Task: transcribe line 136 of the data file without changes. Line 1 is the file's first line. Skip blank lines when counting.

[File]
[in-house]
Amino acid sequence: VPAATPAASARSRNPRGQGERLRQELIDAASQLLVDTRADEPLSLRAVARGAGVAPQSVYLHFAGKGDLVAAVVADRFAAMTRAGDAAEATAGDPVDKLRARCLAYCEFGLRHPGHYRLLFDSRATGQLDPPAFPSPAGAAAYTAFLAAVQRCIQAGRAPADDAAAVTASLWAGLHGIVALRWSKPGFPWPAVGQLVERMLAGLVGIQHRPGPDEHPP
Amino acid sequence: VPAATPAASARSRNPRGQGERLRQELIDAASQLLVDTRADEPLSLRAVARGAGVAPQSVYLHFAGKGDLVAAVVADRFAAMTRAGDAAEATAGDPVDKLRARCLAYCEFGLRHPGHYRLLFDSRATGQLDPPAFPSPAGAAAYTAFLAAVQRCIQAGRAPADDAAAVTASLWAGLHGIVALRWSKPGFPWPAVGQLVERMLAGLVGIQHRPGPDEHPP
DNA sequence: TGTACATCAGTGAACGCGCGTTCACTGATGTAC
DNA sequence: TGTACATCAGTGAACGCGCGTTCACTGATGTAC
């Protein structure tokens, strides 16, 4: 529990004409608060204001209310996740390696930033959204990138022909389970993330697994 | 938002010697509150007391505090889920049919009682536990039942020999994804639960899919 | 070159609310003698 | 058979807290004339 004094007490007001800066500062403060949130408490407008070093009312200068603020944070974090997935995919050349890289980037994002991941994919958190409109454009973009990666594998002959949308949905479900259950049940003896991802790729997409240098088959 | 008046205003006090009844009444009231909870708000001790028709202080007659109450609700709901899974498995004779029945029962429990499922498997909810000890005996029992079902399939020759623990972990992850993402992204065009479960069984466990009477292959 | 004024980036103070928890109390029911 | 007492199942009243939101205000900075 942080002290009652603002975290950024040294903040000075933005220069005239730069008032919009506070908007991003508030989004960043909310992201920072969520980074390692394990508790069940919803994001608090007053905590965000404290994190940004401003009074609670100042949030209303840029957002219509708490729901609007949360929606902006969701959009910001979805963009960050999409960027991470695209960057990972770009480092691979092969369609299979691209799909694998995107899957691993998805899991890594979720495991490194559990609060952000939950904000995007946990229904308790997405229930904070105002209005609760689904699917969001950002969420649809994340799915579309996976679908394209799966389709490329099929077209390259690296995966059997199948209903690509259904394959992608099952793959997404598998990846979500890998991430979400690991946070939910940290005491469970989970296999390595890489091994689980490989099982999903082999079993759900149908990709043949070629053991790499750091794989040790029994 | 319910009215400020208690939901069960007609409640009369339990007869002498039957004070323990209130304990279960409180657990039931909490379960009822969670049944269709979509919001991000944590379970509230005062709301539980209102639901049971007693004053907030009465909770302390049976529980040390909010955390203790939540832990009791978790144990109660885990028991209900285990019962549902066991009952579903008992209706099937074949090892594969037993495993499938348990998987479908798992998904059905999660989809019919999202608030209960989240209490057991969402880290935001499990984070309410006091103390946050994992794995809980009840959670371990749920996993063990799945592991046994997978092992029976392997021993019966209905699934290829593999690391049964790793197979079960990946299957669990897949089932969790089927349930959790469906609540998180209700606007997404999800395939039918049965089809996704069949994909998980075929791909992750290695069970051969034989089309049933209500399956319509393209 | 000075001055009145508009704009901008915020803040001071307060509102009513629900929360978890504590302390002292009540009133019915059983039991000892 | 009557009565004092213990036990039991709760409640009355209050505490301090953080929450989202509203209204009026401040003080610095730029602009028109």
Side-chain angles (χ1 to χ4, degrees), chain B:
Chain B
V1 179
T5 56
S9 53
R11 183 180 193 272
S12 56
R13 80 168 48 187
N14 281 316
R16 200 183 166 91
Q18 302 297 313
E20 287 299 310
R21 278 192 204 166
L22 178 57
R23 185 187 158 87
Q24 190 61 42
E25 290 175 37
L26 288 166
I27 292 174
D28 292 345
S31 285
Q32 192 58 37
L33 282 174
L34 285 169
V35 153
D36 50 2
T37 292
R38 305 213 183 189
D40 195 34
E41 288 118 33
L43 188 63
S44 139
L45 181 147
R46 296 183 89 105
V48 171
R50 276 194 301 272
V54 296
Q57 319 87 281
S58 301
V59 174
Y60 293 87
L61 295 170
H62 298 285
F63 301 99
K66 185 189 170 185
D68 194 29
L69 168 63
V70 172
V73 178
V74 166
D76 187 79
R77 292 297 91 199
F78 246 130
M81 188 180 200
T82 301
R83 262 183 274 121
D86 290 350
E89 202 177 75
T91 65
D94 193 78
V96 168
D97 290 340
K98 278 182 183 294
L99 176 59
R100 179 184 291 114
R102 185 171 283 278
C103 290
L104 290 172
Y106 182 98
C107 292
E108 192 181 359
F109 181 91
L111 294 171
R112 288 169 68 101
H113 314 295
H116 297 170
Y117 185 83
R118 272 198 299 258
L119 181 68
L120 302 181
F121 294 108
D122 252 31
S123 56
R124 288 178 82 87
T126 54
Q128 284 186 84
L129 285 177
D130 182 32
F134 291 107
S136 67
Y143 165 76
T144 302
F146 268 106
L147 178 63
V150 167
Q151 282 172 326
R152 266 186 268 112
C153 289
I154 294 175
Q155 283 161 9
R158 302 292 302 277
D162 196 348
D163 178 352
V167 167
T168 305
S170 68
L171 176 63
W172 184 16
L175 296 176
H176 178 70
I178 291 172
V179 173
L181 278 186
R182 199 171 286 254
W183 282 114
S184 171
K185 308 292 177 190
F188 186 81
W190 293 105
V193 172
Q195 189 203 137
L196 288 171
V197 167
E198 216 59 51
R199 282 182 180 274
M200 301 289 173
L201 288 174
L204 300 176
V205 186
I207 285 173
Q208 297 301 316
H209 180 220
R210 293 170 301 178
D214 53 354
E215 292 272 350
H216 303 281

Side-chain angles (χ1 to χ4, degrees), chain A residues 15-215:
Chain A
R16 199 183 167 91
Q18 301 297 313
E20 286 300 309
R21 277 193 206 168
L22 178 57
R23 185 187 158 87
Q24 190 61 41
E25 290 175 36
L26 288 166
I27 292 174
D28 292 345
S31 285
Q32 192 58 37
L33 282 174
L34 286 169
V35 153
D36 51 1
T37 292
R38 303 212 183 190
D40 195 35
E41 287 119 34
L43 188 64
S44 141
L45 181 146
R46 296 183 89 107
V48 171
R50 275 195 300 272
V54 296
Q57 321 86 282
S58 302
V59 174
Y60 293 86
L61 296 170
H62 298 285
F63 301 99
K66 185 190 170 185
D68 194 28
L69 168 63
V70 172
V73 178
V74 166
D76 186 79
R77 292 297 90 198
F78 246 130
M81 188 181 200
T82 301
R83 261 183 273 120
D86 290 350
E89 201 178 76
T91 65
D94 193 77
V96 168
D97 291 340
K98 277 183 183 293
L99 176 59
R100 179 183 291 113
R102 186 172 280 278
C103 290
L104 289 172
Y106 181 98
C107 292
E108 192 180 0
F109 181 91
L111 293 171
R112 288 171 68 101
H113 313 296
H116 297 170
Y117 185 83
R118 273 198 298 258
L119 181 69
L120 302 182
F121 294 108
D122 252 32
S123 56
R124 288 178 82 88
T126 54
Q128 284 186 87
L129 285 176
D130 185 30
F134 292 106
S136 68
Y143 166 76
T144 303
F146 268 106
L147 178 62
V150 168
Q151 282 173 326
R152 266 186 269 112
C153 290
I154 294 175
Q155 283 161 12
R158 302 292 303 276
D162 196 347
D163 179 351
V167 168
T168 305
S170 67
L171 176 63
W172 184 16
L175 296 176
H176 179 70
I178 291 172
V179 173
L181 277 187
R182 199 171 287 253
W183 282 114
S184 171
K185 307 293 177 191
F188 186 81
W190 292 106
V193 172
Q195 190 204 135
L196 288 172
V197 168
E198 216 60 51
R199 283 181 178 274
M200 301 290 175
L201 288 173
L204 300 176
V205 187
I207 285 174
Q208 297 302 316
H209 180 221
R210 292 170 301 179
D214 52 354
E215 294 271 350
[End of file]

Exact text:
I207 285 173